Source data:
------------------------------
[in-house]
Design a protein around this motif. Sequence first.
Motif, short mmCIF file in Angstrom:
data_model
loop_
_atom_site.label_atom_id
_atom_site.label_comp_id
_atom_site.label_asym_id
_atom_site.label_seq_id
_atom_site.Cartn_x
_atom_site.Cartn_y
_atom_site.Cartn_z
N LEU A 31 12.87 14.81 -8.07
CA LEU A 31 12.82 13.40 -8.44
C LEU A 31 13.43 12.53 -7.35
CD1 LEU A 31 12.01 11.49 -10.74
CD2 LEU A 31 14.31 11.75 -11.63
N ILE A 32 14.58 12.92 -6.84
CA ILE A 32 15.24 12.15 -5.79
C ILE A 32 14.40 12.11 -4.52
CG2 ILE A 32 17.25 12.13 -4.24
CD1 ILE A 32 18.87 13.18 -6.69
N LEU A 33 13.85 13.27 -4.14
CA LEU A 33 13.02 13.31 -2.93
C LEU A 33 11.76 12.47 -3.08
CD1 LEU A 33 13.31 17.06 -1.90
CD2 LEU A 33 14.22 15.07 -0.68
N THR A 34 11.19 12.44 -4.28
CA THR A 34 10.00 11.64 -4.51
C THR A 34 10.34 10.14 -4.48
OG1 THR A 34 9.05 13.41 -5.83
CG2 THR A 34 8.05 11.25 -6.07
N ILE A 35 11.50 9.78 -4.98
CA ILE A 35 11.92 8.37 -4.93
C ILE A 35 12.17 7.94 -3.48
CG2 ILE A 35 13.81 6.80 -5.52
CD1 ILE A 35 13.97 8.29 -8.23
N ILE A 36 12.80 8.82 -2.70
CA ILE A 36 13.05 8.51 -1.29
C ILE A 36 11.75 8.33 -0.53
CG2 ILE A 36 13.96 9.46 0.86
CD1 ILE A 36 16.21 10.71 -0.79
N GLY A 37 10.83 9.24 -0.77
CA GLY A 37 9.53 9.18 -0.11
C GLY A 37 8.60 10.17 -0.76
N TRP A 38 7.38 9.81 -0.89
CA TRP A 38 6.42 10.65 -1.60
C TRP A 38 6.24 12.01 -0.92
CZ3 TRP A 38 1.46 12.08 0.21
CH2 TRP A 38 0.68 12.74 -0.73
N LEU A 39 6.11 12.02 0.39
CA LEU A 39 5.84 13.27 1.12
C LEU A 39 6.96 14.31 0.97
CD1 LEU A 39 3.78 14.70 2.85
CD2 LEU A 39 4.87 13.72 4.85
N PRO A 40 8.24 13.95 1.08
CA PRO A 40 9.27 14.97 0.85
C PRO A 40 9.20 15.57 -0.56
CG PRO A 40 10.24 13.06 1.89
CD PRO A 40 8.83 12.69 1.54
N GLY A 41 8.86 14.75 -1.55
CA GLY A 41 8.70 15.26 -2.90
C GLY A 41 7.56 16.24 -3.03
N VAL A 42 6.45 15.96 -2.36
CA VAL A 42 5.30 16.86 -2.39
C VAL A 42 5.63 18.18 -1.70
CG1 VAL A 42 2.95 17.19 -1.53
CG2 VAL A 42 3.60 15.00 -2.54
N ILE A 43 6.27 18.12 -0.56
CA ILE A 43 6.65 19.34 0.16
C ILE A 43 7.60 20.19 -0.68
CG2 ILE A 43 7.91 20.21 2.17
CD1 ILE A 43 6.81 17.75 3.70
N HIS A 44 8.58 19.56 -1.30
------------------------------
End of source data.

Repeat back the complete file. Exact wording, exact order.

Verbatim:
[in-house]
Design a protein around this motif. Sequence first.
Motif, short mmCIF file in Angstrom:
data_model
loop_
_atom_site.label_atom_id
_atom_site.label_comp_id
_atom_site.label_asym_id
_atom_site.label_seq_id
_atom_site.Cartn_x
_atom_site.Cartn_y
_atom_site.Cartn_z
N LEU A 31 12.87 14.81 -8.07
CA LEU A 31 12.82 13.40 -8.44
C LEU A 31 13.43 12.53 -7.35
CD1 LEU A 31 12.01 11.49 -10.74
CD2 LEU A 31 14.31 11.75 -11.63
N ILE A 32 14.58 12.92 -6.84
CA ILE A 32 15.24 12.15 -5.79
C ILE A 32 14.40 12.11 -4.52
CG2 ILE A 32 17.25 12.13 -4.24
CD1 ILE A 32 18.87 13.18 -6.69
N LEU A 33 13.85 13.27 -4.14
CA LEU A 33 13.02 13.31 -2.93
C LEU A 33 11.76 12.47 -3.08
CD1 LEU A 33 13.31 17.06 -1.90
CD2 LEU A 33 14.22 15.07 -0.68
N THR A 34 11.19 12.44 -4.28
CA THR A 34 10.00 11.64 -4.51
C THR A 34 10.34 10.14 -4.48
OG1 THR A 34 9.05 13.41 -5.83
CG2 THR A 34 8.05 11.25 -6.07
N ILE A 35 11.50 9.78 -4.98
CA ILE A 35 11.92 8.37 -4.93
C ILE A 35 12.17 7.94 -3.48
CG2 ILE A 35 13.81 6.80 -5.52
CD1 ILE A 35 13.97 8.29 -8.23
N ILE A 36 12.80 8.82 -2.70
CA ILE A 36 13.05 8.51 -1.29
C ILE A 36 11.75 8.33 -0.53
CG2 ILE A 36 13.96 9.46 0.86
CD1 ILE A 36 16.21 10.71 -0.79
N GLY A 37 10.83 9.24 -0.77
CA GLY A 37 9.53 9.18 -0.11
C GLY A 37 8.60 10.17 -0.76
N TRP A 38 7.38 9.81 -0.89
CA TRP A 38 6.42 10.65 -1.60
C TRP A 38 6.24 12.01 -0.92
CZ3 TRP A 38 1.46 12.08 0.21
CH2 TRP A 38 0.68 12.74 -0.73
N LEU A 39 6.11 12.02 0.39
CA LEU A 39 5.84 13.27 1.12
C LEU A 39 6.96 14.31 0.97
CD1 LEU A 39 3.78 14.70 2.85
CD2 LEU A 39 4.87 13.72 4.85
N PRO A 40 8.24 13.95 1.08
CA PRO A 40 9.27 14.97 0.85
C PRO A 40 9.20 15.57 -0.56
CG PRO A 40 10.24 13.06 1.89
CD PRO A 40 8.83 12.69 1.54
N GLY A 41 8.86 14.75 -1.55
CA GLY A 41 8.70 15.26 -2.90
C GLY A 41 7.56 16.24 -3.03
N VAL A 42 6.45 15.96 -2.36
CA VAL A 42 5.30 16.86 -2.39
C VAL A 42 5.63 18.18 -1.70
CG1 VAL A 42 2.95 17.19 -1.53
CG2 VAL A 42 3.60 15.00 -2.54
N ILE A 43 6.27 18.12 -0.56
CA ILE A 43 6.65 19.34 0.16
C ILE A 43 7.60 20.19 -0.68
CG2 ILE A 43 7.91 20.21 2.17
CD1 ILE A 43 6.81 17.75 3.70
N HIS A 44 8.58 19.56 -1.30